ISRAEL: 3 ♀♀, 1 juv. together with holotype, same data ( HUJ Ara 15996–99); 1 ♂, 1 ♀, same data but deep in cave ( ZFMK Ar 15218–19); 1 ♀ ( HUJ Ara 16001), 1 juv. ( HUJ Ara 16002), same data; 1 ♀, HaTanur Waterfall, near Metula (33.269° N, 35.581° E), 15 Mar. 2011, L. Friedman leg. ( CSZ); 2 ♂♂, 1 ♀, Oren Cave, Mount Karmel (32.714° N, 34.975° E), in cave, 70 m a.s.l., about 3 km from Mediterranean Sea, 17 Sep. 2013, B.A. Huber, E. Gavish-Regev and S. Aharon leg. ( ZFMK Ar 15225– 26); 1 ♂, 1 ♀, 1 juv., En Perat, Nahal Perat (31.833° N, 35.303° E), in caves and a building, 260–300 m a.s.l., 15 Sep. 2013, B.A. Huber, S. Aharon and E. Gavish-Regev ( ZFMK Ar 15220–21); 1 ♀, 1 juv., in pure ethanol, same data ( ZFMK Isr 51); 1 ♀, Ein ad-Duyuk, near Jericho (31.895° N, 35.421° E), 25 May 1983, P. Amitai leg. ( HUJ Ara 16003); 8 juvs, Qumeran Cave (31.741° N, 35.459° E), 7 Nov. 2012, L. Friedman leg. ( SMNH); 1 ♀, in pure ethanol, Nahal Dawid, En Gedi (31.470° N, 35.390° E), among rocks, -250 to - 300 m b.s.l., 10 Sep. 2013, B.A. Huber, S. Aharon and E. Gavish-Regev leg. ( ZFMK Isr 58); 1 ♀, same data ( HUJ Ara 16004); 1 ♂, 1 ♀, En Gedi (31.470° N, 35.390° E), 20 Sep. 1975, B. Feldman leg. ( HUJ Ara 16005-6); 1 juv., same locality, 29 May 1968, P. Amitai leg. ( HUJ Ara 16007); 1 ♀, in pure ethanol, Ma’ale Ya’ir (31.215° N, 35.359° E), under large rocks, - 370 m b.s.l., 9 Sep. 2013, B.A. Huber, S. Aharon and E. Gavish-Regev ( ZFMK Isr 49); 2 ♀♀, Nahal Temarim (31.640° N, 35.411° E), under large rocks, 3 Sep. 2013, S. Aharon leg. ( HUJ Ara 16008-9); 2 ♀♀, 1 juv., Sedom Cave (31.087° N, 35.395° E), - 370 m b.s.l., 15 Aug. 1939, A. Shulov leg. ( HUJ Ara 16010-12); 1 ♀, in pure ethanol, same locality, 10 Sep. 2013, B.A. Huber, S. Aharon and E. Gavish-Regev ( ZFMK Isr 47); 1 ♂ ( HUJ Ara 16013), 1 ♀ ( ZFMK Ar 15222), same data; 2 ♀♀, same locality, 30 Oct. 1941 ( CSZ); 3 juvs, Sedom Spring, 15 Aug. 1957, H. Ginsburg leg. ( HUJ Ara 16014–16); 3 ♀♀, Arubotaim Cave (31.101° N, 35.390° E), - 380 m b.s.l., 10 Sep. 2013, B.A. Huber, S. Aharon and E. Gavish-Regev leg. ( ZFMK Ar 15223); 1 ♀, 2 juvs, in pure ethanol ( ZFMK Isr 46), 1 juv. ( HUJ Ara 16017), same data; 1 ♀, Malham Cave (31.076° N, 35.397° E), - 370 m b.s.l., 10 Sep. 2013, B.A. Huber, S. Aharon and E. Gavish- Regev leg. ( HUJ Ara 16018); 1 ♀ ( ZFMK Isr 44), 1 juv. ( HUJ 16038View Materials), in pure ethanol, same data; 1 ♀, NW of ’En Tamar, Nahal Zin (30.989° N, 35.346° E), in crevices, - 340 m b.s.l., 9 Sep. 2013, S. Aharon, E. Gavish-Regev and B.A. Huber leg. ( HUJ Ara 16019); 1 ♂, molted to adult 30 Oct. 2013, NW of ’En Tamar, Nahal Zin (30.991° N, 35.347° E), in tube near road tunnel, - 340 m b.s.l., 9 Sep. 2013, B.A. Huber, S. Aharon and E. Gavish-Regev leg. ( ZFMK Ar 15224); 1 ♀, Ramat Avedat, near Sede Boqer, Negev Desert [~ 30.84° N, 34.77° E], Jan. 1987, V. and B. Roth leg. ( MCZ 34068View Materials); 1 ♂, 1 ♀, Kibbutz Samar (29.831° N, 35.022° E), dumping ground, 100 m a.s.l., 11 Sep. 2013, S. Aharon, E. Gavish-Regev and B.A. Huber leg. ( HUJ Ara 16020–21); 1 ♀, in pure ethanol, same locality, 19 Oct. 2013, E. Gavish- Regev leg. ( HUJ Ara 16022); 1 ♂, 2 ♀♀, in 80% ethanol, same data, in houses ( HUJ Ara 16023–25); 1 ♂, 1 ♀, Eilat Field School buildings (29.509° N, 34.920° E), 12 Oct. 2013, S. Aharon and E. Gavish- Regev leg. ( HUJ Ara 16026-27); 2 juvs, in pure ethanol, same data ( HUJ Ara 16028–29).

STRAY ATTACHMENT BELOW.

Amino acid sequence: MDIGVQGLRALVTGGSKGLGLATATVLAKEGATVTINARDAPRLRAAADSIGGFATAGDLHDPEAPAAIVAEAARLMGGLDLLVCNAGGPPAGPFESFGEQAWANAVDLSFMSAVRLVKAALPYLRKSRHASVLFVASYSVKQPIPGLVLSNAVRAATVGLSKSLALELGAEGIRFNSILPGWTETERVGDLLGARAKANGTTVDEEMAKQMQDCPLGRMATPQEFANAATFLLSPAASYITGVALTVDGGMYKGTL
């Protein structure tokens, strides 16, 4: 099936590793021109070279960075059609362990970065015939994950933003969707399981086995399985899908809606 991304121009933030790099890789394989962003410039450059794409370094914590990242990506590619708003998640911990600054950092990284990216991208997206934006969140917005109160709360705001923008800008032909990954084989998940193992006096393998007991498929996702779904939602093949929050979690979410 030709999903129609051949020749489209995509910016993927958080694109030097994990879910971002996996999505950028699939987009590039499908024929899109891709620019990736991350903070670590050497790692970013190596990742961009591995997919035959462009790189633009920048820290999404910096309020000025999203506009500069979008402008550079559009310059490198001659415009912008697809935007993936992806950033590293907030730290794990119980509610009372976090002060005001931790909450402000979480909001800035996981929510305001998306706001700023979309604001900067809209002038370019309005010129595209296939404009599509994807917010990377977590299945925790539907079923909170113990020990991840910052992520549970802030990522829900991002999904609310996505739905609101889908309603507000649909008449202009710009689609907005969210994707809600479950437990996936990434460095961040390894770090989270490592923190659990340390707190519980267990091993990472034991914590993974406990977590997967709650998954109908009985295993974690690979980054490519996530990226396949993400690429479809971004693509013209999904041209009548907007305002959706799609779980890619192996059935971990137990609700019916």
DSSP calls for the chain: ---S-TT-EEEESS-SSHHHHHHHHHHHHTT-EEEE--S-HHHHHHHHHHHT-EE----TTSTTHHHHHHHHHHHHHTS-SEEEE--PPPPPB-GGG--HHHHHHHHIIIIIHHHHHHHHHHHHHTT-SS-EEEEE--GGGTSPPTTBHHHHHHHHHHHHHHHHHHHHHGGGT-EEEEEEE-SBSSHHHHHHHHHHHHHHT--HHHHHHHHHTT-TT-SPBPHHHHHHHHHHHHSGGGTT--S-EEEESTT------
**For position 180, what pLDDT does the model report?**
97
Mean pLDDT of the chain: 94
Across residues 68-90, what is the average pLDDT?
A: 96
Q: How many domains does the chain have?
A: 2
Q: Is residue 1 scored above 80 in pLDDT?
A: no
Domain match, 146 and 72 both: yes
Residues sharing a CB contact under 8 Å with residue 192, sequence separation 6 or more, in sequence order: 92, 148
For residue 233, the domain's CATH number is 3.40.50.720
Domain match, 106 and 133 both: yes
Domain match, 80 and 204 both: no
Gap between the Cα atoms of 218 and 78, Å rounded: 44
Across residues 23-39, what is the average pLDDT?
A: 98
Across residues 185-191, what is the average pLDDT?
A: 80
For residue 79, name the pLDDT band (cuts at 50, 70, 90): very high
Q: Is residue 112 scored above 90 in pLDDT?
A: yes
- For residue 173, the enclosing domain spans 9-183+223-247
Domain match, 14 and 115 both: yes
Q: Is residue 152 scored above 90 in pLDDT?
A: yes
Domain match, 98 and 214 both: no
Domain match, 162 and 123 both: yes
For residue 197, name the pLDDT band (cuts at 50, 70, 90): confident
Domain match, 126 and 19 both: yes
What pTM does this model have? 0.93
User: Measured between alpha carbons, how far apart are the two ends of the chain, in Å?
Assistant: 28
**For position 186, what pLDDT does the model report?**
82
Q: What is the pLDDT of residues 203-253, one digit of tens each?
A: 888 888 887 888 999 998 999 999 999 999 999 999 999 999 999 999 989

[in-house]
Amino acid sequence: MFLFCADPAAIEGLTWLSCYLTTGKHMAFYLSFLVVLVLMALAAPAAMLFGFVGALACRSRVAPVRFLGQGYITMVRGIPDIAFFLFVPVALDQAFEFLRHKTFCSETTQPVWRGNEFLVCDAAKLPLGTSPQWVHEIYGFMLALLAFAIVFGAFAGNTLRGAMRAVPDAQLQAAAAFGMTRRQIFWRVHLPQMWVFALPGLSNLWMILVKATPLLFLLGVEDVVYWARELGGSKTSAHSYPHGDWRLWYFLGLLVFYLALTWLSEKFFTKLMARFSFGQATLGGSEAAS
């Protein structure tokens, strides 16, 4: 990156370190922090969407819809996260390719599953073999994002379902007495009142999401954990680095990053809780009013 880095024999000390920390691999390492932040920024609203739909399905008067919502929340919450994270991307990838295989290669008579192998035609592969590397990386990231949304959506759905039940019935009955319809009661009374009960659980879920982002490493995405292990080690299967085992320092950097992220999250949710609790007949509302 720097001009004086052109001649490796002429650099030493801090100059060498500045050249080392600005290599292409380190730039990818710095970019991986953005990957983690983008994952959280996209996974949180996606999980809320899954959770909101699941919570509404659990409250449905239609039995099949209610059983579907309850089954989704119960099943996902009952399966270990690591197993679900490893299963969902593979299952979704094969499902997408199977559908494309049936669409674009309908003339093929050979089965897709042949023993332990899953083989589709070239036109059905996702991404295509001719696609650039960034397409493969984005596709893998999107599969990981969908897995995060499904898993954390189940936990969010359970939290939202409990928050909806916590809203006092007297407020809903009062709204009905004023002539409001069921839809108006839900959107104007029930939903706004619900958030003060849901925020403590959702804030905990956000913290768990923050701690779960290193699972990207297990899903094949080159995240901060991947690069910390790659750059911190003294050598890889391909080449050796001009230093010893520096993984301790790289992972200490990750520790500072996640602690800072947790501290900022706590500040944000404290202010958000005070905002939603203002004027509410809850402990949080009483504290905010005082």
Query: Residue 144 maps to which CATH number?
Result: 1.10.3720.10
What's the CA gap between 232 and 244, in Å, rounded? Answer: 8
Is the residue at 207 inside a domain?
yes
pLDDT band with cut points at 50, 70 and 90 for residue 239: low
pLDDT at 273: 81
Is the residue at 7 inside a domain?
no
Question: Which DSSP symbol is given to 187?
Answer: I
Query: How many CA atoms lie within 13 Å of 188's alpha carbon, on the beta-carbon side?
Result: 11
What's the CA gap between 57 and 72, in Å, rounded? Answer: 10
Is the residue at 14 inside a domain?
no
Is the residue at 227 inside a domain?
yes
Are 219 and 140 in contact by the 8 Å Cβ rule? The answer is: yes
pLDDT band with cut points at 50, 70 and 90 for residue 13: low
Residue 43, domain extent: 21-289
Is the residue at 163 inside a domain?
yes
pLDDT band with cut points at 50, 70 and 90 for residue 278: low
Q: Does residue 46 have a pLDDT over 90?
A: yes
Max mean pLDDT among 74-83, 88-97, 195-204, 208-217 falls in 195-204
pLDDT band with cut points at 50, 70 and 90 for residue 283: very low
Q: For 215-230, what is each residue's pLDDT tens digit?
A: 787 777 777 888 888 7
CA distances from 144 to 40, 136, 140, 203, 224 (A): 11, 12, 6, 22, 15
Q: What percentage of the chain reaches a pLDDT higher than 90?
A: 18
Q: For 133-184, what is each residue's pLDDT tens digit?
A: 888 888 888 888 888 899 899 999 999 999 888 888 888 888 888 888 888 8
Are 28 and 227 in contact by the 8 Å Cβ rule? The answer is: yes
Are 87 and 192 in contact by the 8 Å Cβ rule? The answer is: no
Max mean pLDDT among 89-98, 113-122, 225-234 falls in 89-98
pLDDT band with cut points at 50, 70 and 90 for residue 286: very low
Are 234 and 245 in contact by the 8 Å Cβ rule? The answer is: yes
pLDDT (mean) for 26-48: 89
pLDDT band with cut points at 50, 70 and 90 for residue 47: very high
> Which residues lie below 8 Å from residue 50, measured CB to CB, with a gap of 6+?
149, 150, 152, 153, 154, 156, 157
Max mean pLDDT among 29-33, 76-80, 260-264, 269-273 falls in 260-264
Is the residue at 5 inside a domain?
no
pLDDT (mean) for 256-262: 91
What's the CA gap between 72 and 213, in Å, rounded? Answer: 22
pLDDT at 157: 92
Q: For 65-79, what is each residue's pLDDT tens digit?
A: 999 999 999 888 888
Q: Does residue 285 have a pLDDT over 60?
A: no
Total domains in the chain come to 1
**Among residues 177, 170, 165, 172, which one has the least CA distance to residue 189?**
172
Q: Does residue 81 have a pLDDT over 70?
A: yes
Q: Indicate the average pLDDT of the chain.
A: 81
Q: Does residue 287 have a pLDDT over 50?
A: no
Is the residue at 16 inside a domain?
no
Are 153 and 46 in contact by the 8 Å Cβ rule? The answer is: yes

GREECE: 1 ♀, Athens, Acropolis [37.97° N, 23.72° E], collection Roewer, date and collector not given ( SMF RII /3724).